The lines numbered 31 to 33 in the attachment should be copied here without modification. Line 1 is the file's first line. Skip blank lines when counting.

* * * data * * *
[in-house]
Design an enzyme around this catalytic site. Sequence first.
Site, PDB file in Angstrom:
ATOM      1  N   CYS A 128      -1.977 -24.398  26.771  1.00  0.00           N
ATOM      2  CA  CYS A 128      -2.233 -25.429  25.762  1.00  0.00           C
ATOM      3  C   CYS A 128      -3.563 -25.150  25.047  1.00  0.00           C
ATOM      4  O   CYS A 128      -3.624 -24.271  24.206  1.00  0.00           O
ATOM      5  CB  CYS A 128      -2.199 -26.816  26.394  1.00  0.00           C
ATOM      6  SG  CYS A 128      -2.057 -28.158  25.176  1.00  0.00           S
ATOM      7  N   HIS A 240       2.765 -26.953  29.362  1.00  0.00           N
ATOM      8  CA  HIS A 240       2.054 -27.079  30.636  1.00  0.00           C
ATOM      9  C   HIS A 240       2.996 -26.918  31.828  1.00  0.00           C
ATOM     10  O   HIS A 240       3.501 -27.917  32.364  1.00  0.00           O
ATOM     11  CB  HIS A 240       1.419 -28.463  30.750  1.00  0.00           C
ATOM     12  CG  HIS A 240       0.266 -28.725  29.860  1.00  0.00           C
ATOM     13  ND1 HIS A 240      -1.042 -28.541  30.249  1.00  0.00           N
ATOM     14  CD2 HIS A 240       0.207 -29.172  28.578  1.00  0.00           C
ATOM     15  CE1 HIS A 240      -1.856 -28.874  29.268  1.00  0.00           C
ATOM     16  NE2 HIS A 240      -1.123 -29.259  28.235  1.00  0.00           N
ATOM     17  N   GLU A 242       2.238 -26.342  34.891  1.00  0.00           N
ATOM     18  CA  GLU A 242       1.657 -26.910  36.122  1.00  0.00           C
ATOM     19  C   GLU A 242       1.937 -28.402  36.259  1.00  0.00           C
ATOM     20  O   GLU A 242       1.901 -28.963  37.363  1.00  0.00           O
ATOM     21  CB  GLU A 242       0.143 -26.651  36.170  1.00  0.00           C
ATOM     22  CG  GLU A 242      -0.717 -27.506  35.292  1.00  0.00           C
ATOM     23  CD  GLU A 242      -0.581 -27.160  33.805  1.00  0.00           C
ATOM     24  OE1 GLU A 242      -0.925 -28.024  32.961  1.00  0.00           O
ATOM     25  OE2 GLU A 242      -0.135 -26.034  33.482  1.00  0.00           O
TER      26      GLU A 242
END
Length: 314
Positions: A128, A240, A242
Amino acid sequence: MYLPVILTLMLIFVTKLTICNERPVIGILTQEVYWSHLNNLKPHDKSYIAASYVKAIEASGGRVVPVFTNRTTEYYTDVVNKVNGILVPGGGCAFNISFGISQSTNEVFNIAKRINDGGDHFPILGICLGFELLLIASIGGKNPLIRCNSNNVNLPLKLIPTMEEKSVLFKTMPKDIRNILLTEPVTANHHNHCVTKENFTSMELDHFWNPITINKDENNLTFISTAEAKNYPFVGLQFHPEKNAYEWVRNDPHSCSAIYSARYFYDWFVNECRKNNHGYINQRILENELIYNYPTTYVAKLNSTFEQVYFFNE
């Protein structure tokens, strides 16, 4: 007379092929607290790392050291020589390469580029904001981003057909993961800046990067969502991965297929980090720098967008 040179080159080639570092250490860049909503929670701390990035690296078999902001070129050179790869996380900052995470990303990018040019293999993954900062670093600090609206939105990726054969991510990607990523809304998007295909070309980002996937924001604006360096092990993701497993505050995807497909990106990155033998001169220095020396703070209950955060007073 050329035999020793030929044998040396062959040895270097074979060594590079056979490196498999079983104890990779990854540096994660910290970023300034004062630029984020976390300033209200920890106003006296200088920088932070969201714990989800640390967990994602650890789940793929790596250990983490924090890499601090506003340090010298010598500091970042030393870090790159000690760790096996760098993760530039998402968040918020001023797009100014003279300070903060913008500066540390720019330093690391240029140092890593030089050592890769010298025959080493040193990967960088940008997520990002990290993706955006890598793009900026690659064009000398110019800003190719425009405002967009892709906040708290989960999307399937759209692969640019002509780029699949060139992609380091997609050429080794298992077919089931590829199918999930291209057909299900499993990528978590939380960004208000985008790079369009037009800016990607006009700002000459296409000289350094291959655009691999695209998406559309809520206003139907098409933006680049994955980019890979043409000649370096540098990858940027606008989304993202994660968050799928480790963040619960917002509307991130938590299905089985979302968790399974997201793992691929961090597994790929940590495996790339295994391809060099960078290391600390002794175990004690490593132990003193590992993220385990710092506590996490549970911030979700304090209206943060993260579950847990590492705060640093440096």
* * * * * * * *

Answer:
Length: 314
Positions: A128, A240, A242
Amino acid sequence: MYLPVILTLMLIFVTKLTICNERPVIGILTQEVYWSHLNNLKPHDKSYIAASYVKAIEASGGRVVPVFTNRTTEYYTDVVNKVNGILVPGGGCAFNISFGISQSTNEVFNIAKRINDGGDHFPILGICLGFELLLIASIGGKNPLIRCNSNNVNLPLKLIPTMEEKSVLFKTMPKDIRNILLTEPVTANHHNHCVTKENFTSMELDHFWNPITINKDENNLTFISTAEAKNYPFVGLQFHPEKNAYEWVRNDPHSCSAIYSARYFYDWFVNECRKNNHGYINQRILENELIYNYPTTYVAKLNSTFEQVYFFNE